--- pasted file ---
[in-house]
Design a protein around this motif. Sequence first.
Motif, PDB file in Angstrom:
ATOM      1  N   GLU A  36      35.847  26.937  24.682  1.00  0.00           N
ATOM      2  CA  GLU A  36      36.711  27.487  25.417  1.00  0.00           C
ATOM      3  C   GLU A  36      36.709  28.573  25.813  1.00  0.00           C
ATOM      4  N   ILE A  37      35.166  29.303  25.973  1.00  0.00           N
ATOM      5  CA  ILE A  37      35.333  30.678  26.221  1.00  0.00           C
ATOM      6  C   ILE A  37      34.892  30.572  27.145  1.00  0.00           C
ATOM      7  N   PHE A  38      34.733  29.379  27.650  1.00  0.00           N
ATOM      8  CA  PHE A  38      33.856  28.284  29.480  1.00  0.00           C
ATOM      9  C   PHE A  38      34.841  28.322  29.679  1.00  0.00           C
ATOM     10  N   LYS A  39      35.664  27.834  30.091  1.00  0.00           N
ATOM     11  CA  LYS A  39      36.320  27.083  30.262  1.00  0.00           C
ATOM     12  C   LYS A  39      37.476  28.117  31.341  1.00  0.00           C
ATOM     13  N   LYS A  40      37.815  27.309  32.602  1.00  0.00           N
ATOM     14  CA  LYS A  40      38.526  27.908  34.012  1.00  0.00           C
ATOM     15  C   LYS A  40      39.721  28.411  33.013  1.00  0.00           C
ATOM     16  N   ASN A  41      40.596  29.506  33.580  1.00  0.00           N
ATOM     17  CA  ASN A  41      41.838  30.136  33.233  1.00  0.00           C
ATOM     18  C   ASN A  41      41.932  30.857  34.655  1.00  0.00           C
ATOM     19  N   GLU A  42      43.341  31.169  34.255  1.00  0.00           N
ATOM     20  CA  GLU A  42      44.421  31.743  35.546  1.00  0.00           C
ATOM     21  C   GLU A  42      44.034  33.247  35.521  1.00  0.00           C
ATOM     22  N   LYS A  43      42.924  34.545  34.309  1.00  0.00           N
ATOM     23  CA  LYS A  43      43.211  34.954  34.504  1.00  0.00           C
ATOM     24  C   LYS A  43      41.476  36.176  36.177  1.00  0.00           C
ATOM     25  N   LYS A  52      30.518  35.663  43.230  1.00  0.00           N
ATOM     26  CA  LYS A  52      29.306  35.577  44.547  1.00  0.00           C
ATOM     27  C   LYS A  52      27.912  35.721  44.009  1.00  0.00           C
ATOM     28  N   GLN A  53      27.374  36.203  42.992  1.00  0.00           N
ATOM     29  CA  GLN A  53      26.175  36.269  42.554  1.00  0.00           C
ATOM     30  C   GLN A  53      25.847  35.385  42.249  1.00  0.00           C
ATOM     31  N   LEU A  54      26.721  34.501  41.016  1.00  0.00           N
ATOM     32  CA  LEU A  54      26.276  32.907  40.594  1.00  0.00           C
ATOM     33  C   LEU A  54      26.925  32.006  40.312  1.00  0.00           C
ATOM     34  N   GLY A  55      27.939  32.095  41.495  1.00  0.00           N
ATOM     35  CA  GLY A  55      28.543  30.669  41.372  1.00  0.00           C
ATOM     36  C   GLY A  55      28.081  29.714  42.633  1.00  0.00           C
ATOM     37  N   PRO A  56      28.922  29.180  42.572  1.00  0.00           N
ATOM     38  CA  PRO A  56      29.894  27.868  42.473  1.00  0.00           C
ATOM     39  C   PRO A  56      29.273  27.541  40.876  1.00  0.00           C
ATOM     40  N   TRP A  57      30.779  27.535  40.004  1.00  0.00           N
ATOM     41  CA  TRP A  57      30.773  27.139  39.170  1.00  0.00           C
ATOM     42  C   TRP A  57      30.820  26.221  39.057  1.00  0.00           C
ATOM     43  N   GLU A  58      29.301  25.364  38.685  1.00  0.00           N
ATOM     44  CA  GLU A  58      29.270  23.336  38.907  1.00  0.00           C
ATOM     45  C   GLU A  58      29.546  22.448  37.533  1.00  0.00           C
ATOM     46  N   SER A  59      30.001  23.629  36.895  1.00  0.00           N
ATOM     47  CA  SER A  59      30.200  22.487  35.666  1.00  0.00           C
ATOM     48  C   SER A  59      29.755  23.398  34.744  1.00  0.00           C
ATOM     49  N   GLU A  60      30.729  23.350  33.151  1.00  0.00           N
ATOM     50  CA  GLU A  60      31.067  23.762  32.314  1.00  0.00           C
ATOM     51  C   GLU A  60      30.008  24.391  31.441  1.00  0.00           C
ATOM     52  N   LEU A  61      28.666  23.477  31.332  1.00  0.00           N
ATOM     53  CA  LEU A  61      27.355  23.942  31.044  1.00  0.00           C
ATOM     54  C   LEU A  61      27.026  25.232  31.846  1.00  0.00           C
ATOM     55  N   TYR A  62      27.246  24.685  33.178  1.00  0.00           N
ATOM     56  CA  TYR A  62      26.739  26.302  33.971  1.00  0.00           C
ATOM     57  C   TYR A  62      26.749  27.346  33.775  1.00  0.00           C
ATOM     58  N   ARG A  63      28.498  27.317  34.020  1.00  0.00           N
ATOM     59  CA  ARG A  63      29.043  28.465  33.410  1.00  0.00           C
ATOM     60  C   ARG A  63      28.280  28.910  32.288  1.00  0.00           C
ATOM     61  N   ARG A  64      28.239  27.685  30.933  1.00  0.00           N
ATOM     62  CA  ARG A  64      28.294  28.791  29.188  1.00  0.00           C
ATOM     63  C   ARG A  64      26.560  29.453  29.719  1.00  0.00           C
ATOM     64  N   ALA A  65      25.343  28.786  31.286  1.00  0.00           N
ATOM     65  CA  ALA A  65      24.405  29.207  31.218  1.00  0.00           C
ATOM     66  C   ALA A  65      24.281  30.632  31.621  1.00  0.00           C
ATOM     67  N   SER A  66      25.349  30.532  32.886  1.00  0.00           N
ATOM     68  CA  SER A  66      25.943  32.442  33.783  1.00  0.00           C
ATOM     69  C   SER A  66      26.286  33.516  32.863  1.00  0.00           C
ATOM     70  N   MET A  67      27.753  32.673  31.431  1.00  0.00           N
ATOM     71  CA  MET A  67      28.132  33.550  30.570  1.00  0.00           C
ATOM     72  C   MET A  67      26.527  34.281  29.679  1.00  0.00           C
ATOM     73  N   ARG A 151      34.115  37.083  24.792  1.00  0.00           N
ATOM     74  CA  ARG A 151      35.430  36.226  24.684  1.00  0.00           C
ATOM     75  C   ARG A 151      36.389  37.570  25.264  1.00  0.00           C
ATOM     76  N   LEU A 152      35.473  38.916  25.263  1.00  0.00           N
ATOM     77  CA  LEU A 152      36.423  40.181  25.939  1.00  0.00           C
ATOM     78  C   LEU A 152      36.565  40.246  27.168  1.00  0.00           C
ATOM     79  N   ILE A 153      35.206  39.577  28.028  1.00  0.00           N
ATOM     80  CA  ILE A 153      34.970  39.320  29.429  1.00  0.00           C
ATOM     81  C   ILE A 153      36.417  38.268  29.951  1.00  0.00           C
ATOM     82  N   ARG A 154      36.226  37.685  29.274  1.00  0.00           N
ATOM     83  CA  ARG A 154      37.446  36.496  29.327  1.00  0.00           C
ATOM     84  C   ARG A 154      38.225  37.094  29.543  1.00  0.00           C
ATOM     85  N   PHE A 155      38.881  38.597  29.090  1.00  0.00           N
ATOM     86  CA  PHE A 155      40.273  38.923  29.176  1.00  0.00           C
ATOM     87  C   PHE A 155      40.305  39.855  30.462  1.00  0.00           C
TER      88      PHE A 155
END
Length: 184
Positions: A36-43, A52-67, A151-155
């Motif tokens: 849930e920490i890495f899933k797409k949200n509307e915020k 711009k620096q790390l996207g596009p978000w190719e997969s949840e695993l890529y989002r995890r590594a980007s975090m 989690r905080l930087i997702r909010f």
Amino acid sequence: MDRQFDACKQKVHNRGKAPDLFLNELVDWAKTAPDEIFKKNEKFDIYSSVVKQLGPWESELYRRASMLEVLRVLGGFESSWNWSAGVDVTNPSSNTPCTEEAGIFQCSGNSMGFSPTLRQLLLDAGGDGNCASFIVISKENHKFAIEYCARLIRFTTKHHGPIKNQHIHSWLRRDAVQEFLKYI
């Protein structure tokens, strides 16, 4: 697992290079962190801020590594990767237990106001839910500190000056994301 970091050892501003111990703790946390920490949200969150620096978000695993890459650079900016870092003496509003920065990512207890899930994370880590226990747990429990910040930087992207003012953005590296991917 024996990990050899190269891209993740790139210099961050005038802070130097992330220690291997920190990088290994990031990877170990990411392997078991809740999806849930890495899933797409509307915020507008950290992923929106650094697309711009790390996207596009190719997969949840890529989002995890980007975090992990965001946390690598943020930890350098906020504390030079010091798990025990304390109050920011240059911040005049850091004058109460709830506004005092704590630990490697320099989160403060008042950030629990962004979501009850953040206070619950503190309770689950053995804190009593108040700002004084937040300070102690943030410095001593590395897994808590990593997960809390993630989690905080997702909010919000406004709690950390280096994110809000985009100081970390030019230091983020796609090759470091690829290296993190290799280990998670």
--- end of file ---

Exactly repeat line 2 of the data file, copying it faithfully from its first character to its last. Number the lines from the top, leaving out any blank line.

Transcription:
Design a protein around this motif. Sequence first.